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Ella Fitzgerald Biography

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Ella Jane Fitzgerald (April 25, 1917 – June 15, 1996), also known as Lady Ella (the First Lady of Song), was considered one of the most influential jazz vocalists of the 20th Century .

With a vocal range spanning three octaves, she was noted for her purity of tone, near faultless phrasing and intonation, and a "horn-like" improvisational ability, particularly in her scat singing. She is widely considered to have been one of the supreme interpreters of the Great American Songbook .

Over a recording career that lasted fifty seven years, she was the winner of thirteen Grammy Awards, and was awarded the National Medal of Art by President Ronald Reagan and the Presidential Medal of Freedom by President George H. W. Bush, .

Ella Jane Fitzgerald was born in Newport News, Virginia, USA on April, 25, 1917.

Her father, William Fitzgerald, and mother, Temperance, or Tempie, Fitzgerald separated soon after her birth. Ella and her mother, moved to Yonkers, New York, moving in with Tempie's boyfriend Joseph Da Silva.

Ella's half-sister, Frances Fitzgerald, was born in 1923.

In 1932, Ella's mother died from serious injuries received in a car accident. After staying with Da Silva for a short time, Tempie's sister Virginia took Ella in. Shortly afterward, Da Silva suffered a heart attack and died, and her sister Frances joined Ella with Virginia.

Following these dramatic events, Ella's academic grades dropped dramatically, and she frequently skipped school. After getting into trouble with the police, she was taken into custody and sent to a reform school.

Eventually Ella escaped from the reformatory, and for a time was homeless.

She made her singing debut at age 17 on November 21, 1934 at the Apollo Theater in Harlem, New York. Ella's name pulled in a weekly drawing at the Apollo and she won the opportunity to compete in one of the earliest of its famous "Amateur Nights". She had originally intended to go on stage and dance, but intimidated by the 'Edwards Sisters', a local dance duo, she opted to sing in the style of her idol, Connie Boswell. She sang Hoagy Carmichael's 'Judy', and 'The Object of My Affections', another song by the Boswell Sisters, that night.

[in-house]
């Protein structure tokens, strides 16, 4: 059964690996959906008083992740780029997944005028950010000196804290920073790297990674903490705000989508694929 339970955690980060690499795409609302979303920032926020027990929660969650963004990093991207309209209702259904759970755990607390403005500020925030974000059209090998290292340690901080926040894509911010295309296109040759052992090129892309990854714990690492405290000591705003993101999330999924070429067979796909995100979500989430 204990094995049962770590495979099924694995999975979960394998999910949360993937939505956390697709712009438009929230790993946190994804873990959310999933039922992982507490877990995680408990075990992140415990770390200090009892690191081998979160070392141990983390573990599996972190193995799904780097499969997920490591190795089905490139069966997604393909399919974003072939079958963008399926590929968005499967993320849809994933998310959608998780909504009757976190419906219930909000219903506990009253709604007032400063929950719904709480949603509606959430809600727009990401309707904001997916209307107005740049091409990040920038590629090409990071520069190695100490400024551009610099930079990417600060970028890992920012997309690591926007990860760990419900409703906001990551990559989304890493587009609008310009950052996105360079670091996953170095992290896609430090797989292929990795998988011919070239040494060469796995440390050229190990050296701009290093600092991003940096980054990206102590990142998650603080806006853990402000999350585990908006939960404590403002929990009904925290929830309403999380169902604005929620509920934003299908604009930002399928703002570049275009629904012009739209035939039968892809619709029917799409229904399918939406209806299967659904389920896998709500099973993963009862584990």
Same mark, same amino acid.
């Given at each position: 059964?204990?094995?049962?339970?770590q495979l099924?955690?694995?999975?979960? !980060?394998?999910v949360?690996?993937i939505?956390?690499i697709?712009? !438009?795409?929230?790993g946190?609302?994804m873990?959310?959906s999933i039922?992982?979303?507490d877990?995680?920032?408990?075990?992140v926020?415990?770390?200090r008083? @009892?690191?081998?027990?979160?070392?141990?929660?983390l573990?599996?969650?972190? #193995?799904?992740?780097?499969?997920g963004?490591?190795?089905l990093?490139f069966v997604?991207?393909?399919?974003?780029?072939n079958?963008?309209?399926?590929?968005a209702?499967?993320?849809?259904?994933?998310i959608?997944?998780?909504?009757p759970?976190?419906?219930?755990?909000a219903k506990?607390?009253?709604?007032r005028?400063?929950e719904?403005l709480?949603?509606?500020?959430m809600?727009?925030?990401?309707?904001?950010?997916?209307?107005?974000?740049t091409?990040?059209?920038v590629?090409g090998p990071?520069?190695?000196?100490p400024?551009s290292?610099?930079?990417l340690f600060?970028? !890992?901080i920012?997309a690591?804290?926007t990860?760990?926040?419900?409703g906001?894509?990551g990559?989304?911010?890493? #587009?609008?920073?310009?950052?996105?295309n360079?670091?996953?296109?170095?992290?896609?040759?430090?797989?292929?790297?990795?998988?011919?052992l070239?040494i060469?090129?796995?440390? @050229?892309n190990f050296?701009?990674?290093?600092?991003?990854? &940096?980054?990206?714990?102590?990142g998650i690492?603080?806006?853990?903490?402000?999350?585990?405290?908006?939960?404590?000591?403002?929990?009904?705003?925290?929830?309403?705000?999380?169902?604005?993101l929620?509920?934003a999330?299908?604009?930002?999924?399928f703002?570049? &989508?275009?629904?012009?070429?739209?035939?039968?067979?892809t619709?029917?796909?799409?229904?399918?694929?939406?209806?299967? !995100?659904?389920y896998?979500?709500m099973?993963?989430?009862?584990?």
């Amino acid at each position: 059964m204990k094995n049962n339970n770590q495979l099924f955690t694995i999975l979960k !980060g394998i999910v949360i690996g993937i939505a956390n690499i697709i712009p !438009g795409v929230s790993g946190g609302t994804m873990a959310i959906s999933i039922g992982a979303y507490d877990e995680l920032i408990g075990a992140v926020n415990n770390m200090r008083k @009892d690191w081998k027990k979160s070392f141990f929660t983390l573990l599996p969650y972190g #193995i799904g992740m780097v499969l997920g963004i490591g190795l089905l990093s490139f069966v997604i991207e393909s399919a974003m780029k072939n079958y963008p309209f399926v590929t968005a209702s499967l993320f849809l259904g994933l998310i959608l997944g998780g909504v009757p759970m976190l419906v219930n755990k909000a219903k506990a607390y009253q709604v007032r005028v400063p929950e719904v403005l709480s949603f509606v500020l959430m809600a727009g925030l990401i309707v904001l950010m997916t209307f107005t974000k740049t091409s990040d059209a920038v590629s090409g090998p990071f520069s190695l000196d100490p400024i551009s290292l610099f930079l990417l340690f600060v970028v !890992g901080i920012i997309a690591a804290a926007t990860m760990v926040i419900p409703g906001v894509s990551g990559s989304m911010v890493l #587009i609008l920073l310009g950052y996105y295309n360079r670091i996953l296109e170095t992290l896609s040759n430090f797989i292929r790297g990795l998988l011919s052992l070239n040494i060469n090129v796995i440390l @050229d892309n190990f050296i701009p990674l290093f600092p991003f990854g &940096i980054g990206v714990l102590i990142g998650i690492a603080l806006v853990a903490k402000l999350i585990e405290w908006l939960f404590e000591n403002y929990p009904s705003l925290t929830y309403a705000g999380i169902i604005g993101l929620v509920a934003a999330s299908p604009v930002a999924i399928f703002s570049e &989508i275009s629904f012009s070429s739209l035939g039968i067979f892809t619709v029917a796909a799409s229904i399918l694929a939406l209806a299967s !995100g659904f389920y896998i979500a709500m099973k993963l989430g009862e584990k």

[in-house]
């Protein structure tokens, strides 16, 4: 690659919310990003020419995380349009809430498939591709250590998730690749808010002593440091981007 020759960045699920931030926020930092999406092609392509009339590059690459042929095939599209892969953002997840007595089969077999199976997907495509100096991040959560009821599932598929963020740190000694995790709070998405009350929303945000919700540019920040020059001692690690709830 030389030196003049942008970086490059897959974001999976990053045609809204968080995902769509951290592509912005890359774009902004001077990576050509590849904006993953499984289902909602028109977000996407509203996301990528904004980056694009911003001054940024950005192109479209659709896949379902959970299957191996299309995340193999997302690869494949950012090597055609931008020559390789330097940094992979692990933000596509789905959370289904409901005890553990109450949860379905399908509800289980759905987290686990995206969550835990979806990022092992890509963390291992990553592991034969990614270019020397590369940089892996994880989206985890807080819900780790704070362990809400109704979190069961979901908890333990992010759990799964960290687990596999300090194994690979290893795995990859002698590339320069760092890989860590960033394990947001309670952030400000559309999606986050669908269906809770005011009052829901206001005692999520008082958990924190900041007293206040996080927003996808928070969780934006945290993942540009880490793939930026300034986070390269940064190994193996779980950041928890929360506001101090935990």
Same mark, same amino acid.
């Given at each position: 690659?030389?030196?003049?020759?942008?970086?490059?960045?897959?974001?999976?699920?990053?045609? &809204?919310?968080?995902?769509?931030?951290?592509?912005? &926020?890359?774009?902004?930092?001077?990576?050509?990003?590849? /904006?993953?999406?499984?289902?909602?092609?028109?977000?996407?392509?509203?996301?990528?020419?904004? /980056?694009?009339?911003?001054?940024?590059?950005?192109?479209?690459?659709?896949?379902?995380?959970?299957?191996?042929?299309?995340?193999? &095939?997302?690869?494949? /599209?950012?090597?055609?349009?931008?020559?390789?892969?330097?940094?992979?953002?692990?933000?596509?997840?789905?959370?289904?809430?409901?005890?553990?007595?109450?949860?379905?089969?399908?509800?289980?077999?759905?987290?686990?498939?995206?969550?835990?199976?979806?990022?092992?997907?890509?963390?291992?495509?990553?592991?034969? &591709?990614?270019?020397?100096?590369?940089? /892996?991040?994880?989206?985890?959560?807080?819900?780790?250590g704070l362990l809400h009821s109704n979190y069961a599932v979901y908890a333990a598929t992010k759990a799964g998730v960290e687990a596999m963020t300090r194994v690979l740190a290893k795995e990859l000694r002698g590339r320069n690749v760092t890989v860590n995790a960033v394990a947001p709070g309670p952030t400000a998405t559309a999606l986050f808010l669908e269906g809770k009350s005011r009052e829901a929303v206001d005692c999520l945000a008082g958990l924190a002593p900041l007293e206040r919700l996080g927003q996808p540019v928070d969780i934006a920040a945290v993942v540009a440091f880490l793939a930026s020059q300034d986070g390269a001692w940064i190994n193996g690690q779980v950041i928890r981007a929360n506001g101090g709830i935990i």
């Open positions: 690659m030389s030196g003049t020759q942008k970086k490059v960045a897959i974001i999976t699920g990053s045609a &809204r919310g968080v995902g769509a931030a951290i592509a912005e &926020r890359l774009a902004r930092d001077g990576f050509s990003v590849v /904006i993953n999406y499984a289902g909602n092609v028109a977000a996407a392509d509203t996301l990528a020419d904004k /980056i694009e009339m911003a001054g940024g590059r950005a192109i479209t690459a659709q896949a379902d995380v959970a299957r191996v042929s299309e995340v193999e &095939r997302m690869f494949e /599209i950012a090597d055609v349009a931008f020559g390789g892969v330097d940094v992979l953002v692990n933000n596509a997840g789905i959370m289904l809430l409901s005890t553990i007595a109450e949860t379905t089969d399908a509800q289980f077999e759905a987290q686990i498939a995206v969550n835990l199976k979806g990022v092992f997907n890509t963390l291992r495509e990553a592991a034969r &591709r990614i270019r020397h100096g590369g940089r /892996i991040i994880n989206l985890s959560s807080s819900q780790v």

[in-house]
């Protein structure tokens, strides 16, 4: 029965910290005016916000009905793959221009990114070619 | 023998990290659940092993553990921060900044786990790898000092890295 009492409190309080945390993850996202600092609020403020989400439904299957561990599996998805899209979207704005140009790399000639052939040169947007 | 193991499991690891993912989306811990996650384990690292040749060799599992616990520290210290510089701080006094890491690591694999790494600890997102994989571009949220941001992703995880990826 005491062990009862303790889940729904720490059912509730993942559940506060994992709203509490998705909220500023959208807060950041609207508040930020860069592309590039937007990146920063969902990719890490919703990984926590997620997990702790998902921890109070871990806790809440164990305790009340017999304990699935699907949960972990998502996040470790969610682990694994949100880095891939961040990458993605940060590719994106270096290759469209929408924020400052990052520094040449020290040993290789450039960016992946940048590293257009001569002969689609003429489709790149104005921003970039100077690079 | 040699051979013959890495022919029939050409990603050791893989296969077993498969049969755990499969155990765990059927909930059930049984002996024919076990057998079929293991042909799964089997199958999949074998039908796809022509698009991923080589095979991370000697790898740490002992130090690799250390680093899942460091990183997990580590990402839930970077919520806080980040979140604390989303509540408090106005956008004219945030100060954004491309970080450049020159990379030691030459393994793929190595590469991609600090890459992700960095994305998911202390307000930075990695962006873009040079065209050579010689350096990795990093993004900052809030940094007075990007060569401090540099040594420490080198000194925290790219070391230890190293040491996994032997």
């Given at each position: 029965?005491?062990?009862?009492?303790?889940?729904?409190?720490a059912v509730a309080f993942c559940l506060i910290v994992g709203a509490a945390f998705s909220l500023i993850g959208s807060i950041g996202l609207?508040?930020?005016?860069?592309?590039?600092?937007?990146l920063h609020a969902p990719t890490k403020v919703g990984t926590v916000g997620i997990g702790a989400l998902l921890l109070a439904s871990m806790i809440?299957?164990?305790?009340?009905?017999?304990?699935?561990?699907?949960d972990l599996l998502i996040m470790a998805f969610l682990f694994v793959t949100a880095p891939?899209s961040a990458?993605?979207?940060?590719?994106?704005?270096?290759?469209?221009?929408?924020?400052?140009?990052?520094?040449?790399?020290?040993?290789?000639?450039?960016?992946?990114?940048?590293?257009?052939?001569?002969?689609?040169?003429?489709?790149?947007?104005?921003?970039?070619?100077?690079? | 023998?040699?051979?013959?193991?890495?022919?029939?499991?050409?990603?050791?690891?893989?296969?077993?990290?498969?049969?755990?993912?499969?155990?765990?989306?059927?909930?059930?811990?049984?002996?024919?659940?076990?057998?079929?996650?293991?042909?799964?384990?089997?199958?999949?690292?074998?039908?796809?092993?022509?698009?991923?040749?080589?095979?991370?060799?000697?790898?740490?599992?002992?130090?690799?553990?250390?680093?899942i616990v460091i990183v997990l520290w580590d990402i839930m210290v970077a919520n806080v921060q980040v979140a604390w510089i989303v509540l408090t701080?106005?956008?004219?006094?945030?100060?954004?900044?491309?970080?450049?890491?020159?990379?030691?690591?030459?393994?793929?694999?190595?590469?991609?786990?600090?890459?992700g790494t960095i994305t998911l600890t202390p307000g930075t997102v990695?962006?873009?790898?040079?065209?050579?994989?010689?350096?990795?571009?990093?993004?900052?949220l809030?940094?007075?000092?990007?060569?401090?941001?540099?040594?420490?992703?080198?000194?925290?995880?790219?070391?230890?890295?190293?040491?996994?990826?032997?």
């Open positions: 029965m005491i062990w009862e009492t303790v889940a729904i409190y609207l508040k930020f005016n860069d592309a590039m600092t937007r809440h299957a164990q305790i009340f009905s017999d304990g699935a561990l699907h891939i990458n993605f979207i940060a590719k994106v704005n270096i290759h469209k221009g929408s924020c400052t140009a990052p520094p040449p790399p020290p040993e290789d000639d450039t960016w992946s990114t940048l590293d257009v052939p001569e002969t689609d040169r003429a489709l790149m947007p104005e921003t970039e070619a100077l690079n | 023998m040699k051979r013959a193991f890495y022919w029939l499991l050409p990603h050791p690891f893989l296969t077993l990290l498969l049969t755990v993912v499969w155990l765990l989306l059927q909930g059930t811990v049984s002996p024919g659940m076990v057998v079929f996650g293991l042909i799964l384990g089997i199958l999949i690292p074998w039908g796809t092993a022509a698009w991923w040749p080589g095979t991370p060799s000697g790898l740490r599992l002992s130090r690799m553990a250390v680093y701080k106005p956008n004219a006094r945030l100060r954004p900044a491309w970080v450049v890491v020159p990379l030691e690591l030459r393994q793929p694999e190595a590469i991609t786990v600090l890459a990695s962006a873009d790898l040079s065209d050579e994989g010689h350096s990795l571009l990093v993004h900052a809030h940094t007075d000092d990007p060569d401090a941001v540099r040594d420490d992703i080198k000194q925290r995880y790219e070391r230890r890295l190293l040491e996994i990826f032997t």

In January 1935 she won the chance to perform for a week with the Tiny Bradshaw band at the Harlem Opera House. Ella met drummer and bandleader Chick Webb here for the first time. Webb had already hired male singer Charlie Linton to work with the band, but he offered Ella the opportunity to test with his band when they played a dance at Yale University. Despite the tough crowd, Ella was a great success, and Webb hired her to travel with the band for $12.50 a week.

She started singing regularly with Webb's Orchestra through 1935, at Harlem's Savoy Ballroom. Fitzgerald recorded several hit songs with them, including "(If You Can't Sing It), You'll Have to Swing It (Mr. Paganini)", and "Love and Kisses" (her first recording) but it was her 1938 version of the nursery rhyme, "A-Tisket, A-Tasket" that brought her wide public acclaim.

Chick Webb died on June 16, 1939, and his band was renamed "Ella Fitzgerald and her Famous Orchestra" with Ella taking the role of bandleader.

Fitzgerald's most famous collaborations were with the trumpeter Louis Armstrong, the guitarist Joe Pass, and the bandleaders Count Basie and Duke Ellington.

Fitzgerald appeared alongside Peggy Lee as an actress and singer in Jack Webb's jazz film Pete Kelly's Blues. She also appeared in the Abbot and Costello film Ride 'Em Cowboy (1942), St. Louis Blues (1958), and Let No Man Write My Epitaph (1960).

She made a cameo appearance in the 1980's television drama The White Shadow.

Fitzgerald made numerous guest appearances on television shows, singing alongside Frank Sinatra, Nat King Cole, Dean Martin, Mel Torme and many others.

Perhaps her most unusual and intriguing performance was of the 'Three Little Maids' song from Gilbert and Sullivan's comic operetta The Mikado alongside Dame Joan Sutherland and Dinah Shore for a 1968 TV special.

Fitzgerald starred in a number of television commercials for Kentucky Fried Chicken, singing and scatting to the fast-food chain's longtime slogan, "We do chicken right!" Co-starring and singing with her in one 1983 commercial was future R&B star Shanice.

Some people have commented upon the irony of Ella's romantic life, that she sang about perfect romances, but then never seemed to live the dreams that she sang about. Ella's almost constant touring and recording from the mid 1930s till the early 1990s made sustaining any relationship difficult.